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Having once been mostly limited to Swaledale in North Yorkshire, this mountain sheep is now also found commonly in the Pennines, being well suited to life on high lying moorland. It has a black face with grey muzzle and both ewes and rams have horns. The long, white fleece is coarse and hairy making it suitable for carpets, though some of the finer quality fibre is used for tweeds and rugs and knitting yarn. The fleece weighs 1.5-3kg.

This wool is currently unavailable in our wool shop.
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Teeswater is another longwool breed and is native to the Teesdale area in County Durham. The fleece is white and the breed has striking dark markings around the nose and ears. Teeswater rams are commonly used sire the Masham by crossing with a north country hill ewe, such as Swaledale or Rough Fell. Despite the popularity of its high lustre fleece, the Teeswater has been classified as ‘at risk’ by the Rare Breeds Survival Trust.

Teeswater wool is currently available in our Teddera, blended with wool from two other breeds.
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These large hornless sheep also have long white wool with a high lustre, and are classified as ‘at risk’ by the Rare Breeds Survival Trust. They are mostly found on the hills in the north of England and produce fleeces weighing up to 7kg. This wonderful fleece is used for knitting and upholstery fabrics and has a lovely knobbly texture when felted.

A Wensleydale marl wool is used in our Eden Bag kit and in our black Wensleydale/Jacob blended DK yarn, both of which can be bought from Sheepfold’s wool shop.

Photo: Photo reproduced by kind permission of Wensleydale Longwool Sheepshop
Whitefaced Woodland
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The Whitefaced Woodland sheep originate from the South Pennines and are still found in the Peak District. They are also known as Penistone sheep, after the market town just north of Sheffield, where sales of these sheep have taken place since 1699. These are just some of the largest hill sheep, thriving in lowland areas, and have a white fleece which dyes well. Both sexes are horned with the rams' horns spiralling decoratively outwards. The Whitefaced Woodland sheep has been classified as a ‘vulnerable’ breed by the Rare Breeds Survival Trust.

Whitefaced Woodland wool can be bought in 100g DK weight skeins from our wool shop.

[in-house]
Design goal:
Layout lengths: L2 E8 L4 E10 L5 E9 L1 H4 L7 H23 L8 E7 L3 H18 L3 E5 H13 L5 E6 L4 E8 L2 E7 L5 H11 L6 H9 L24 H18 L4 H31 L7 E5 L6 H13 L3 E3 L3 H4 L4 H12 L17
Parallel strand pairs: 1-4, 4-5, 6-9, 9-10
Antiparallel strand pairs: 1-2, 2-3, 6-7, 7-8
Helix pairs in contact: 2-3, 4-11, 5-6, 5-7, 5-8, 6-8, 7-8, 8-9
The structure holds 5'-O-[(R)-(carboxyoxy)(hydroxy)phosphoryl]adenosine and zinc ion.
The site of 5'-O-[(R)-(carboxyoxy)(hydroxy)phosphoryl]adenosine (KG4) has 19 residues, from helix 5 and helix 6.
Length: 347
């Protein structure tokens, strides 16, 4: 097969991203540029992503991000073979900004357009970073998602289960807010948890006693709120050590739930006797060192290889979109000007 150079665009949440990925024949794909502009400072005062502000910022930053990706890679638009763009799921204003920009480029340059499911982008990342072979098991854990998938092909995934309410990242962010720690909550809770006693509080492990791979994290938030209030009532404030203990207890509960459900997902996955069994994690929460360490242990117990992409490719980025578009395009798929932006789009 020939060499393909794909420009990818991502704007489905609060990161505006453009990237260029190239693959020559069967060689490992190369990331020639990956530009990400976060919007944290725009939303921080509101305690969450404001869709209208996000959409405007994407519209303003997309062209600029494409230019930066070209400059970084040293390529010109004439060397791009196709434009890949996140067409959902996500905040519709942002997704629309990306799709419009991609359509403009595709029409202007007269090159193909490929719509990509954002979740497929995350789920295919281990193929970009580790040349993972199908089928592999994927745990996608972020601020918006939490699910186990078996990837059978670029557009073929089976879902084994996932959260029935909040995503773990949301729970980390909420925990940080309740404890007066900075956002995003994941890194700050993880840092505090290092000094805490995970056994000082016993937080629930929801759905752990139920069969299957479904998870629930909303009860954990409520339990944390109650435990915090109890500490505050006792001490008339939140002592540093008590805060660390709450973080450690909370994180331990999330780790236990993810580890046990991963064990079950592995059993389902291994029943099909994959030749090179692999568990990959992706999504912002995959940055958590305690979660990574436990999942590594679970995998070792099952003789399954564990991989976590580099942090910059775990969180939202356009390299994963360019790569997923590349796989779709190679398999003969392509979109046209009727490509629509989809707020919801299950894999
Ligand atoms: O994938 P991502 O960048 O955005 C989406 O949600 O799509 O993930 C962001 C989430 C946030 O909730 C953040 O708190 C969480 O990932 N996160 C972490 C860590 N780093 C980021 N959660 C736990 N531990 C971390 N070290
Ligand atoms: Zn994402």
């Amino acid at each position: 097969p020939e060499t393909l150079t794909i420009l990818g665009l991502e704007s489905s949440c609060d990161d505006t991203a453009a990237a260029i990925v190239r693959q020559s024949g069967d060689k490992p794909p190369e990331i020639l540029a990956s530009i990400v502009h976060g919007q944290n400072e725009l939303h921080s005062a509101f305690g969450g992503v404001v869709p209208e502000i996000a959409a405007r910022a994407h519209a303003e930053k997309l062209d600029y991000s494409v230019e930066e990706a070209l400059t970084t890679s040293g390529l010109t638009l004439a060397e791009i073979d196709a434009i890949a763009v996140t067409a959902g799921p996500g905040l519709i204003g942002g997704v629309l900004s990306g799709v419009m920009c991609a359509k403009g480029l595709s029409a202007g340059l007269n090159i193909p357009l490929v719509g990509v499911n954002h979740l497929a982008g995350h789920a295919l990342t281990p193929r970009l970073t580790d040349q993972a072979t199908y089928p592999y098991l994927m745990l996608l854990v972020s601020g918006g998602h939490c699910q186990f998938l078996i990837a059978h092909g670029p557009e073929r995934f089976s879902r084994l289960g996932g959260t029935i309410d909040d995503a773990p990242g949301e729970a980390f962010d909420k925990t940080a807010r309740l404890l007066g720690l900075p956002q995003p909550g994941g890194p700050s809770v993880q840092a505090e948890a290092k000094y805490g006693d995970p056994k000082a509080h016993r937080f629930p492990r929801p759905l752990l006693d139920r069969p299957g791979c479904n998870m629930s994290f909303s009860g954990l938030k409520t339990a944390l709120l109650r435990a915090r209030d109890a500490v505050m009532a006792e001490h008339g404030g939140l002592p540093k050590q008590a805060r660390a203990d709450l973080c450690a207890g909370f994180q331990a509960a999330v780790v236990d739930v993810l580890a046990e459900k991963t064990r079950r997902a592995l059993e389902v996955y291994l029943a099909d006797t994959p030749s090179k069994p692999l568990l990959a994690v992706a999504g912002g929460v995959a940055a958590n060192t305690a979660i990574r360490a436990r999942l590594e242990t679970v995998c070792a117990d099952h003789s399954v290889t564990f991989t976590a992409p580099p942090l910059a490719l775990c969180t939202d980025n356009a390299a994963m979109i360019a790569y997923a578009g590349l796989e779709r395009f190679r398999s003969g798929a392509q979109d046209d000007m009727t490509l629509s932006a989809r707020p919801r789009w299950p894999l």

Photo: Reproduced by kind permission of K Goodchap
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Zwartbles sheep originate from the Freisland region of Holland. With the number of Zwartbles in Holland becoming severely reduced, the breed was adopted by the Dutch Rare Breed Survival trust in the mid-1970s. In the 1980s Zwartbles started to be imported to the UK and have become increasingly popular over here being well able to cope with the lowland and mid-altitude conditions in England, Wales and Scotland.

These tall and handsome black sheep have a striking white blaze; also white tips to their tails and two to four white socks. They have erect ears and are hornless. The thick, fine, naturally black fleece has a wonderful crimp and is ideal for spinning and knitting.

Zwartbles wool is available as scoured and carded fleece from our wool shop.
History of wool
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"In Sheep's Clothing"

A 10 minute film produced in 1932 showing Shetland crofters gathering and then "rooing" sheep, and carding and spinning the wool to make jumpers.

Image reproduced with permission of the Scottish Screen Archive, National Library of Scotland.
Further information
Information comes from the relevant sheep breeders' societies and from British Sheep and Wool, published by the British Wool Marketing Board, and British Sheep, published by the National Sheep Association. You can find information about other British breeds in these two publications. RBST classifications are taken from their 2020–21 Watchlist.
One of my friends just returned from the UK with your book and we all loved it — being knitters and owning sheep — we all want to knit the patterns! DS (USA)
I cannot recommend you enough. Great range of kits and yarn, British wools and a helpful, personal service. Fantastic. LR
I have just received the yarn. It is beautiful. Thank you for sending it to me so quickly. DJ